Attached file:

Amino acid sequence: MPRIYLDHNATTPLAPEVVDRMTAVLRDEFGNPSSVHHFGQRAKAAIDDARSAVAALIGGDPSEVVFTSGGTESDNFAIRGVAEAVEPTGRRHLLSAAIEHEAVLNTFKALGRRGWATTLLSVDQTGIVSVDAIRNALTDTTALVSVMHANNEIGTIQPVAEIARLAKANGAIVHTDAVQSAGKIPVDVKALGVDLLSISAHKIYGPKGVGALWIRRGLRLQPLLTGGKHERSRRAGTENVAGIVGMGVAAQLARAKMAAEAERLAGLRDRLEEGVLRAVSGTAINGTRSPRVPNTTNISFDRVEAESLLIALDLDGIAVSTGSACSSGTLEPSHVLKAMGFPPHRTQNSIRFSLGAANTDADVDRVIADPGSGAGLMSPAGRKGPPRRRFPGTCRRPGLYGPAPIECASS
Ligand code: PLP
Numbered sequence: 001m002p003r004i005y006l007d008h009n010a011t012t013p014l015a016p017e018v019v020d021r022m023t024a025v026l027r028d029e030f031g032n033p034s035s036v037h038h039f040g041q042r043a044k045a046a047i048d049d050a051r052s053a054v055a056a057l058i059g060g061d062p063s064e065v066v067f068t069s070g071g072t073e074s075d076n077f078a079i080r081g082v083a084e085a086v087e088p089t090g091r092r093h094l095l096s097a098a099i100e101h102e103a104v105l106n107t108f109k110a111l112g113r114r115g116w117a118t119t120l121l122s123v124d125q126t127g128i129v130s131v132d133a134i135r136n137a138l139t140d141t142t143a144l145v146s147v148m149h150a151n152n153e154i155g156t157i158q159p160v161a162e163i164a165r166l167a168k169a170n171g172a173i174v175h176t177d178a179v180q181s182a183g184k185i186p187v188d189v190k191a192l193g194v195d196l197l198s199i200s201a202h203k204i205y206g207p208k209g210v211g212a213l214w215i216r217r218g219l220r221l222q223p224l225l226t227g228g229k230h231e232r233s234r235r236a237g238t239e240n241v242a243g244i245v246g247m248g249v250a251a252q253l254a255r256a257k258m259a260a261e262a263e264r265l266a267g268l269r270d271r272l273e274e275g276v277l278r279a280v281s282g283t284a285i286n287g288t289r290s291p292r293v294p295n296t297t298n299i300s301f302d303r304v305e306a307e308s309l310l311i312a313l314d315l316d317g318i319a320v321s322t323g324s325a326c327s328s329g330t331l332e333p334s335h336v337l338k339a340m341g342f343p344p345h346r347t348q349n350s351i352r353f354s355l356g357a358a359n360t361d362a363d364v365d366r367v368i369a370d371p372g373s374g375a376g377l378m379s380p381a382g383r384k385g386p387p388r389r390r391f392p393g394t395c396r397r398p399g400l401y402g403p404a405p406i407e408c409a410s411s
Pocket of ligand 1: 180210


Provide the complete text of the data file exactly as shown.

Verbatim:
Amino acid sequence: MPRIYLDHNATTPLAPEVVDRMTAVLRDEFGNPSSVHHFGQRAKAAIDDARSAVAALIGGDPSEVVFTSGGTESDNFAIRGVAEAVEPTGRRHLLSAAIEHEAVLNTFKALGRRGWATTLLSVDQTGIVSVDAIRNALTDTTALVSVMHANNEIGTIQPVAEIARLAKANGAIVHTDAVQSAGKIPVDVKALGVDLLSISAHKIYGPKGVGALWIRRGLRLQPLLTGGKHERSRRAGTENVAGIVGMGVAAQLARAKMAAEAERLAGLRDRLEEGVLRAVSGTAINGTRSPRVPNTTNISFDRVEAESLLIALDLDGIAVSTGSACSSGTLEPSHVLKAMGFPPHRTQNSIRFSLGAANTDADVDRVIADPGSGAGLMSPAGRKGPPRRRFPGTCRRPGLYGPAPIECASS
Ligand code: PLP
Numbered sequence: 001m002p003r004i005y006l007d008h009n010a011t012t013p014l015a016p017e018v019v020d021r022m023t024a025v026l027r028d029e030f031g032n033p034s035s036v037h038h039f040g041q042r043a044k045a046a047i048d049d050a051r052s053a054v055a056a057l058i059g060g061d062p063s064e065v066v067f068t069s070g071g072t073e074s075d076n077f078a079i080r081g082v083a084e085a086v087e088p089t090g091r092r093h094l095l096s097a098a099i100e101h102e103a104v105l106n107t108f109k110a111l112g113r114r115g116w117a118t119t120l121l122s123v124d125q126t127g128i129v130s131v132d133a134i135r136n137a138l139t140d141t142t143a144l145v146s147v148m149h150a151n152n153e154i155g156t157i158q159p160v161a162e163i164a165r166l167a168k169a170n171g172a173i174v175h176t177d178a179v180q181s182a183g184k185i186p187v188d189v190k191a192l193g194v195d196l197l198s199i200s201a202h203k204i205y206g207p208k209g210v211g212a213l214w215i216r217r218g219l220r221l222q223p224l225l226t227g228g229k230h231e232r233s234r235r236a237g238t239e240n241v242a243g244i245v246g247m248g249v250a251a252q253l254a255r256a257k258m259a260a261e262a263e264r265l266a267g268l269r270d271r272l273e274e275g276v277l278r279a280v281s282g283t284a285i286n287g288t289r290s291p292r293v294p295n296t297t298n299i300s301f302d303r304v305e306a307e308s309l310l311i312a313l314d315l316d317g318i319a320v321s322t323g324s325a326c327s328s329g330t331l332e333p334s335h336v337l338k339a340m341g342f343p344p345h346r347t348q349n350s351i352r353f354s355l356g357a358a359n360t361d362a363d364v365d366r367v368i369a370d371p372g373s374g375a376g377l378m379s380p381a382g383r384k385g386p387p388r389r390r391f392p393g394t395c396r397r398p399g400l401y402g403p404a405p406i407e408c409a410s411s
Pocket of ligand 1: 180210